April 6, 2006
Clemson guards Shawan Robinson and Vernon Hamilton both ranked in the top 15 in the nation and won ACC statistical championships according to statistics released by the NCAA on Thursday. The Clemson team also ranked second in the nation in steals, the highest national ranking for a Clemson team in any statistical category since 1989-90 when Clemson ranked second in the nation in blocked shots per game.
Robinson made 84-92 free throws this year for a .913 percentage this past season to rank third in the nation. He led the ACC and in fact the .913 percentage was fourth best in ACC history, trailing only three seasons by J.J. Redick. Robinson is the first Clemson player to lead the ACC in free throw shooting since 1966-67 when Jim Sutherland led the ACC and finished fourth in the nation. Robinson finished his career with a .833 percentage, sixth best in school history.
Hamilton ranked 15th in the nation in steals per game with a 2.68 figure. His 83 total steals and 2.67 per game average were Clemson records. Hamilton also led the ACC in steals per game, the first Clemson player to lead the conference in that category. His national ranking in the category was also the highest in Clemson history.
Hamilton will enter his senior year with 201 career steals, already the Clemson career record, and his 2.21 steals per game ranks 11th best in ACC history on a per game basis.
Akin Akingbala and Cliff Hammonds also had top 10 rankings in various statistical categories in the final ACC statistics. Akingbala, who averaged 15 points and 10.7 rebounds per game over the last 11 games of the year, finished fourth in the conference in rebounds with an 8.2 average. He was also seventh in offensive rebounds (3.0), fourth in defensive rebounds (5.22) and 10th in blocked shots (1.28 per game). His .576 field goal percentage would have ranked in the top five in the league, but he did not have enough made field goals to qualify.
Sophomore guard Cliff Hammonds ranked third the conference in assist/turnover ratio with a 1.84 figure. He was second in conference games. Hammonds also had a 1.75 steals per game average, seventh best in the conference. Hammonds finished the season a 10.1 average, giving him a double figure scoring average as a freshman and a sophomore. Next year he will attempt to become the first Clemson player to average in double figures for his first three years since Terrell McIntrye (1995-96 to 1997-98).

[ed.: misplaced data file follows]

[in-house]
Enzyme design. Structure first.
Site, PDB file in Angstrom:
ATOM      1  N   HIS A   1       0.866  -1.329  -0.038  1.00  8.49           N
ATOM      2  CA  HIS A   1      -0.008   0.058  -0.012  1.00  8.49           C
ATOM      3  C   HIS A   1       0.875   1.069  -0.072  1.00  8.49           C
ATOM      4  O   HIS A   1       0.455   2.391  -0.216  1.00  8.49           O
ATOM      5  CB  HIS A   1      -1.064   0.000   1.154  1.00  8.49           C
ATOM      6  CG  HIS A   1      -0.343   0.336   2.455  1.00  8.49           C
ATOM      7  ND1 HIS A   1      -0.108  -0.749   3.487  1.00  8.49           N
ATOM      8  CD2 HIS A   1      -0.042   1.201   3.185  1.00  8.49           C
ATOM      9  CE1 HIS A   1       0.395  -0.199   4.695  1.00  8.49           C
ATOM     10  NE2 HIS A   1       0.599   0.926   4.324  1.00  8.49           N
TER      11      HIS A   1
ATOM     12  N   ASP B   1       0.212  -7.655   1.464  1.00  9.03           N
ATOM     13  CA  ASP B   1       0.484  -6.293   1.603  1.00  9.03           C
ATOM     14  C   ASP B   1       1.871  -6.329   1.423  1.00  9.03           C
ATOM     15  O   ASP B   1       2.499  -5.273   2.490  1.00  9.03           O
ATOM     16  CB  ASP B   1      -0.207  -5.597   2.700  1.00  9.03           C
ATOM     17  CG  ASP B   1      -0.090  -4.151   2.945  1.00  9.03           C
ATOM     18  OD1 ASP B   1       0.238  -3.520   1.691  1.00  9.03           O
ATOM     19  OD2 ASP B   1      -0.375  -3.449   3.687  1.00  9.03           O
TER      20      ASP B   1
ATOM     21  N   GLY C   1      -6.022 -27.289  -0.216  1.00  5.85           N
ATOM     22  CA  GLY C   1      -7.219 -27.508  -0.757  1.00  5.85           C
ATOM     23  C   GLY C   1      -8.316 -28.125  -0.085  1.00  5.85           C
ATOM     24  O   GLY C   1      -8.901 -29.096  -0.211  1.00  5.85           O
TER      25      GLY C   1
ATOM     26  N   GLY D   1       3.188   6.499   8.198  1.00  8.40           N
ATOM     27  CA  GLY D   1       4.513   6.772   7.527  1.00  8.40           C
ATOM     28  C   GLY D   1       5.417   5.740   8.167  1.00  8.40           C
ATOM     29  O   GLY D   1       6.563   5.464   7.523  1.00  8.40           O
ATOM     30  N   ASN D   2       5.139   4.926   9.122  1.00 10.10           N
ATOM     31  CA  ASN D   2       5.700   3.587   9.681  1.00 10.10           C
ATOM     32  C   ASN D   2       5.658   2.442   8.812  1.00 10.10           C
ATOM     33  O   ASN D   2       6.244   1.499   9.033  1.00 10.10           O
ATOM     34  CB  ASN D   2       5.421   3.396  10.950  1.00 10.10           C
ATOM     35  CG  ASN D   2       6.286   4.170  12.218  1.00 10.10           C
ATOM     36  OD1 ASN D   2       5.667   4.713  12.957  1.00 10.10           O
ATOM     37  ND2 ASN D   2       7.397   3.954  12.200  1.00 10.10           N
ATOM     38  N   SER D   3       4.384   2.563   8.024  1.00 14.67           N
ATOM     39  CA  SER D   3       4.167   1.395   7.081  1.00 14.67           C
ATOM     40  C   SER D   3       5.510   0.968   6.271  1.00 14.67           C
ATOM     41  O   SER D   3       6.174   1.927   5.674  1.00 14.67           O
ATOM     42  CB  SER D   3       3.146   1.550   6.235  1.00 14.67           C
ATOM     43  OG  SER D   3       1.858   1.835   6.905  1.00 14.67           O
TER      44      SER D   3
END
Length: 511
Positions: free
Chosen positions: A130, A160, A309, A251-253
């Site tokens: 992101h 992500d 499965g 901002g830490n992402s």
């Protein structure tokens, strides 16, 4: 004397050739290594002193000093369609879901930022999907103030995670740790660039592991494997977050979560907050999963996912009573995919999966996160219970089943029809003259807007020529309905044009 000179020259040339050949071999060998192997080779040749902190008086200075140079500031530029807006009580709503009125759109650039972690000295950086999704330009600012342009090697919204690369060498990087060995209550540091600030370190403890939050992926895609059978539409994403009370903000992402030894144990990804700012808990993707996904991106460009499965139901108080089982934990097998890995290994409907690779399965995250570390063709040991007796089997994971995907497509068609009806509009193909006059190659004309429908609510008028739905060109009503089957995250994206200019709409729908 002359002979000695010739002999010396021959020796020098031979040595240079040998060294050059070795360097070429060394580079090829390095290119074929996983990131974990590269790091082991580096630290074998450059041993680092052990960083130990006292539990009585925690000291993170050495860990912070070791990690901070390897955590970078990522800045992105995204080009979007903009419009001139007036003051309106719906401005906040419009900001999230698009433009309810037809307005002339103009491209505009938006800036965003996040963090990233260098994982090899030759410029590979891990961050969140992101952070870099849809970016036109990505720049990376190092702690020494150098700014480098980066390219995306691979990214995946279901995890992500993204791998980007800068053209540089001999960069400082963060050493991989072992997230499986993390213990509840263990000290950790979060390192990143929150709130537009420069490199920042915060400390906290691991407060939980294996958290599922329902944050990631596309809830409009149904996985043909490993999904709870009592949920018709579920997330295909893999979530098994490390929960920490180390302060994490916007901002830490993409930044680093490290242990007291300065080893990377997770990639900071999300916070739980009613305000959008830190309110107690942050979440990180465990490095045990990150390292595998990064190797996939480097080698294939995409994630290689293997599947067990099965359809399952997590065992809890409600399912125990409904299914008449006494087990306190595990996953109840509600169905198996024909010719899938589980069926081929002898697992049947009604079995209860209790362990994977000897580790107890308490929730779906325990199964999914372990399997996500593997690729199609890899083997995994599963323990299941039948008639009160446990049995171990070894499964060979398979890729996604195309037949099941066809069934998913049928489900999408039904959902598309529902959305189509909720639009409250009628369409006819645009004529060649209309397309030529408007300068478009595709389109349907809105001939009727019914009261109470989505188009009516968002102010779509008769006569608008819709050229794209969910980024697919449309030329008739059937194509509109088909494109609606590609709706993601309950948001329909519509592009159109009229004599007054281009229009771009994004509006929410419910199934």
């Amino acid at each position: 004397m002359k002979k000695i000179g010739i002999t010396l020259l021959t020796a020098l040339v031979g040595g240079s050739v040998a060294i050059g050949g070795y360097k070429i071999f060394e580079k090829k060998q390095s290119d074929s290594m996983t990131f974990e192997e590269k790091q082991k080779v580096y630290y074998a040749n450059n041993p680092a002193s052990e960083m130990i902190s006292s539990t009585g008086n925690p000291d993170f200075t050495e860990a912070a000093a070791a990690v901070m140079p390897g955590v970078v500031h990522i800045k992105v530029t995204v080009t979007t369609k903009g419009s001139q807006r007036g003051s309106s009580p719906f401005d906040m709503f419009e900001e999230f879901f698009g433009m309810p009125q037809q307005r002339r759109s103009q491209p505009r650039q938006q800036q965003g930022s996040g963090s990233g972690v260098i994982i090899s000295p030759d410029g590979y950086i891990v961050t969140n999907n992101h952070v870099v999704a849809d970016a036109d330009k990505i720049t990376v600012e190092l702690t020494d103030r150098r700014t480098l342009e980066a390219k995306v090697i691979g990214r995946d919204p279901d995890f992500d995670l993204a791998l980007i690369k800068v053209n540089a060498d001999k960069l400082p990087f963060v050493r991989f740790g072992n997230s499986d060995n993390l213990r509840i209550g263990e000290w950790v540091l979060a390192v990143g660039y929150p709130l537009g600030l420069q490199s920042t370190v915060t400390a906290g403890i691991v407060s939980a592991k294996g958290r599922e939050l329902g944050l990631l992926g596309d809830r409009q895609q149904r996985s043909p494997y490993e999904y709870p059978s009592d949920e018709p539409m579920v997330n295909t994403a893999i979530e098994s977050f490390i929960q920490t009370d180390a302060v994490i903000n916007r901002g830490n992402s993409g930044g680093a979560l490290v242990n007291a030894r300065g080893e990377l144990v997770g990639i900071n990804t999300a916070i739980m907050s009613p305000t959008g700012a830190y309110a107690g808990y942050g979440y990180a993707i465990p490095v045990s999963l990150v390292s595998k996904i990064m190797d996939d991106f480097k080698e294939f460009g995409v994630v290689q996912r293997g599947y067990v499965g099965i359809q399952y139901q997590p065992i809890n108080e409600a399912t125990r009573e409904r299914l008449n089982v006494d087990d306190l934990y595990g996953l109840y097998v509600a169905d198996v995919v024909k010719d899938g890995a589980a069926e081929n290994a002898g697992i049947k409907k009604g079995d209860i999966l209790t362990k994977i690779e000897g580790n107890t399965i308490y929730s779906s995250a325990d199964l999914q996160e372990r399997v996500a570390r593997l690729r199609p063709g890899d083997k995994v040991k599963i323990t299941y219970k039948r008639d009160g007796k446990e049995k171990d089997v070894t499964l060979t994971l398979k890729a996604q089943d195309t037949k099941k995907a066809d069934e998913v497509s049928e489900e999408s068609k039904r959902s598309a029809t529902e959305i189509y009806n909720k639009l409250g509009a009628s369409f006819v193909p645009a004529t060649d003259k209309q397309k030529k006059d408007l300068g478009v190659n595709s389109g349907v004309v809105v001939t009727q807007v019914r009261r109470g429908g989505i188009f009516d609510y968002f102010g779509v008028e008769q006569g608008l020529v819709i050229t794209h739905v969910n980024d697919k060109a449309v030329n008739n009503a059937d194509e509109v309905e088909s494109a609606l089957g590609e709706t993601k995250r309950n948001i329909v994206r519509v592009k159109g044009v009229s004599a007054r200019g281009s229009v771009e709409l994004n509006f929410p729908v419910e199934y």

In terms of team statistics, Clemson finished the season second in the nation in steals per game with an 11.0 average. The Tigers had 352 steals in 32 games, a school record in terms of total steals and steals per game. Only Houston, with a 12.4 average, had a higher steals per game figure than Clemson in 2005-06. It marks the second consecutive year Clemson has ranked in the top 10 in the nation in steals. The Tigers were seventh in 2004-05.
The number-two national ranking in steals is Clemson’s highest ranking in a team category since the 1989-90 Tiger team that featured Dale Davis and Elden Campbell ranked second in the nation in blocked shots per game. That Clemson team actually led the nation in total blocks with 235, a total that still ranks 15th best in NCAA history.
In addition to leading the ACC in steals with an 11.0 average, Clemson also paced the conference in turnovers forced per game with a 19.0 figure and led the ACC in offensive rebounds per game at 14.56. Clemson was second in the ACC in turnover margin with a +3.44 figure and third in three-point goals made per game with 7.44.
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